- $169,705 in grants and sponsorships have supported delivery of more than 15 intensive 16-to-24- hour programs to more than 760 participants, including 460 treatment center inpatients.
- FFSFIO/RFIO programs have been presented at 6 national and 4 state conferences, in addition to 13 local presentations.
The December 2012 arrest records of 18 Fit Fathers, Successful Families, Inside & Out program alumni compared to a randomly selected group who were in jail for at least 90 days during the same time frame (July 1-December 31, 2011) suggested a lower recidivism rate among jail participants than the comparison group.
2009-2013 program evaluations of 295 Resilient Families Inside Out/ Fit Fathers, Successful Families, Inside & Out participants revealed improvements in seven measures of parental resiliency. Post-program evaluations from January 2013 to March 2015 for Center for Alcohol and Drug Treatment participants showed statistically significant positive gains from pre-test to post-test measures for healthy self-regulation.
An April 2015 survey of 230 RFIO participants from the three preceding months and their follow-up evaluations reported that the program helped them better manage emotions and stress and communicate more effectively.
In an April 2015 survey, ten inpatient staff at the Center for Alcohol and Drug Treatment attributed numerous direct and indirect positive changes such as “more teamwork focus.” They reported that patients were applying and synthesizing their recovery treatment with improved family relationships, learning to relax and sleep better, and no longer gaining weight, which had been common prior to introducing the RFIO program.
One hundred percent of nineteen 2015 treatment center parents who responded to a post-program survey reported that as a result of the program, they are “more confident in [their] abilities to be good parents,” “modeling desirable behavior to their children,” “teaching children how to manage their emotions,” “offering appropriate choices to solve problems,” and “following through with positive discipline strategies.”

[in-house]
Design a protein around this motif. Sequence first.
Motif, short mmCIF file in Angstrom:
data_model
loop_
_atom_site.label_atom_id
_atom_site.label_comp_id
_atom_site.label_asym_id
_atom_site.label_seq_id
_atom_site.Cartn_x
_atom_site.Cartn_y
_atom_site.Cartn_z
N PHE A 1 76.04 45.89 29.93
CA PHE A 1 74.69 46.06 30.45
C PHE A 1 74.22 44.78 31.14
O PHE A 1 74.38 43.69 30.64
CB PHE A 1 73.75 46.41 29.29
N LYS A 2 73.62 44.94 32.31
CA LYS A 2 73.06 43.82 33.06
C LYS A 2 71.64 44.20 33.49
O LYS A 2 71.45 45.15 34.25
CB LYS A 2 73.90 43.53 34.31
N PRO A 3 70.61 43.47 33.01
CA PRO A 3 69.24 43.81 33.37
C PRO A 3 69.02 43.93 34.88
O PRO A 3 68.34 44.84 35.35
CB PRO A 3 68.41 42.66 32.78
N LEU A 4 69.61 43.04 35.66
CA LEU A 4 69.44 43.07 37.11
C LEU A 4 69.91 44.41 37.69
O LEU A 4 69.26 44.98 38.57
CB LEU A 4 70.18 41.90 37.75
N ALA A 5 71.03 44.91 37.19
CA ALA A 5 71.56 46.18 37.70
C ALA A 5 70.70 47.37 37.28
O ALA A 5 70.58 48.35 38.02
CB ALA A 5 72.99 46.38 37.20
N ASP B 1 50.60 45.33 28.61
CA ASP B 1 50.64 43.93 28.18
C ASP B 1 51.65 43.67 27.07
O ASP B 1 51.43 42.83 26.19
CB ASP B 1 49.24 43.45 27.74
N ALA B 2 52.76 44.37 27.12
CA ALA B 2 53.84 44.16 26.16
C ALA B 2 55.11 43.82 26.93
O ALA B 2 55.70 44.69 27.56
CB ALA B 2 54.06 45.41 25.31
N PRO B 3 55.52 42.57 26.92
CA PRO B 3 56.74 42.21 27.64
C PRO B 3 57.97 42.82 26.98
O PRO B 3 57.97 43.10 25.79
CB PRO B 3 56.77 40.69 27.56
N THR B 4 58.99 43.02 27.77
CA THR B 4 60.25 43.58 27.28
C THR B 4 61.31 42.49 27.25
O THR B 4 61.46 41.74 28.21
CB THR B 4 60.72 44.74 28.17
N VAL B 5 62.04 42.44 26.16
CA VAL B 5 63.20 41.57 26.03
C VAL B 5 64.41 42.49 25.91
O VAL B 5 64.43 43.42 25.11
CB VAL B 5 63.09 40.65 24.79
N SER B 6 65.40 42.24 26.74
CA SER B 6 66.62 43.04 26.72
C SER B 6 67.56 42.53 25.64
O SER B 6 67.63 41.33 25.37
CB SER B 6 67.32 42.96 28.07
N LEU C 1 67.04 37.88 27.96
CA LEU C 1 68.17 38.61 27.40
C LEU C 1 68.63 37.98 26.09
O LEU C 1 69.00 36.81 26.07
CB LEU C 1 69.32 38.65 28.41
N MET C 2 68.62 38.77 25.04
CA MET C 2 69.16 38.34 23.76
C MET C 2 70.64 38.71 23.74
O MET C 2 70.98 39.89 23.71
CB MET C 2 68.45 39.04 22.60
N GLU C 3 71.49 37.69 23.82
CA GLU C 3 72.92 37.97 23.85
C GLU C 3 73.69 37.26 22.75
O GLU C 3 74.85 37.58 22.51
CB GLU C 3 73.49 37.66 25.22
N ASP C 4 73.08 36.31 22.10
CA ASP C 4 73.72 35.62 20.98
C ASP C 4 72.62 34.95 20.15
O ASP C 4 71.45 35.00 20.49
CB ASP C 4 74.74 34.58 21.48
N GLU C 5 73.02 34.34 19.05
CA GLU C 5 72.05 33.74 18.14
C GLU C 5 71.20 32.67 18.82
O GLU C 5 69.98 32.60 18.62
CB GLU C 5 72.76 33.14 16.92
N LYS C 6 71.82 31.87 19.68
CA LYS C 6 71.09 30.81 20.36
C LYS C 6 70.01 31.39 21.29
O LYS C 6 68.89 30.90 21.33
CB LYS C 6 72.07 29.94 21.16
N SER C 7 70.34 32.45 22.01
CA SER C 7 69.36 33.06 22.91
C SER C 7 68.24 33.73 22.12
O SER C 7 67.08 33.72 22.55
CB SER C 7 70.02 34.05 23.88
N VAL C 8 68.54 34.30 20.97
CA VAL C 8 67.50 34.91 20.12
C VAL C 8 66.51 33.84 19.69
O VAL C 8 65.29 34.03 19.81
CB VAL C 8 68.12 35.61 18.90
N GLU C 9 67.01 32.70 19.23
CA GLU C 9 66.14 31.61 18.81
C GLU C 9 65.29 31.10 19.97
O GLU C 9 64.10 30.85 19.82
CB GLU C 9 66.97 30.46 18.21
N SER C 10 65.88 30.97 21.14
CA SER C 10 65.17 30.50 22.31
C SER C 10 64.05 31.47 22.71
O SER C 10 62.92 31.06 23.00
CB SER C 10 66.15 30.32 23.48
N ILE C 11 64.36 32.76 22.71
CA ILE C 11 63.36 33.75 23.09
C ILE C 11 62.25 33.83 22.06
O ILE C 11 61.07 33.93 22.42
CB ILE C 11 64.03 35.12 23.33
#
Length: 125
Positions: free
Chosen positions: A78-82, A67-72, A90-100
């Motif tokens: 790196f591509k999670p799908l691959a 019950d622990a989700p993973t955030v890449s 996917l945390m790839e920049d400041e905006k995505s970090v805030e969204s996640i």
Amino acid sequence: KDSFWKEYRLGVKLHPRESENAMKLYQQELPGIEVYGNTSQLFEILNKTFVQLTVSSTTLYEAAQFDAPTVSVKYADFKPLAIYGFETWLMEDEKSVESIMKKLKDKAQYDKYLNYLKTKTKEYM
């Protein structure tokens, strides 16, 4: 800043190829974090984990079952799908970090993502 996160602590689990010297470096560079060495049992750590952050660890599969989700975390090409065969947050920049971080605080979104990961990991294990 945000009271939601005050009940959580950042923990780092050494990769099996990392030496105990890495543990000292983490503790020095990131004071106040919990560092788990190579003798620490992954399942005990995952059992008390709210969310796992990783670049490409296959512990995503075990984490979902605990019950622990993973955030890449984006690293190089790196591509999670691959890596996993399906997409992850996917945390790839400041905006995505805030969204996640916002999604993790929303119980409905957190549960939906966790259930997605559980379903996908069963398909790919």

“I learned how to play and learn with my child and not just tell him what to do. You taught me the proper ways to handle situations where I get stressed out. I plan to take more time with my son in healthy ways.” – 26-year-old father of two elementary-age sons from Moses Lake, WA, and 2016 participant
“[I learned] giving more choices to your child helps them in decision making and being mindful is ‘gonna’ (going to) make parenting less stressful. I will be able to function as a parent with reduced stress. [I plan to] ask my children how they feel and ask their input.” – Mother of six children ranging in age from 4 to 18+ years from Oroville, WA, and 2016 participant
“[I learned] being a parent is a tough job but using the right skills it can be a little easier. I am more open to my daughter. [I plan on] being calm.” – 34-year old father of young boy and “tween” girl from Moses Lake, WA
For more information, please contact Jennifer Crawford, Extension Educator and Assistant Professor, Human and Family Development,
Washington State University, Chelan/Douglas County Extension, 400 Washington Street, Wenatchee, WA, 98801, (509) 667-6544 or email@example.com. You may also visit the Youth and Families site.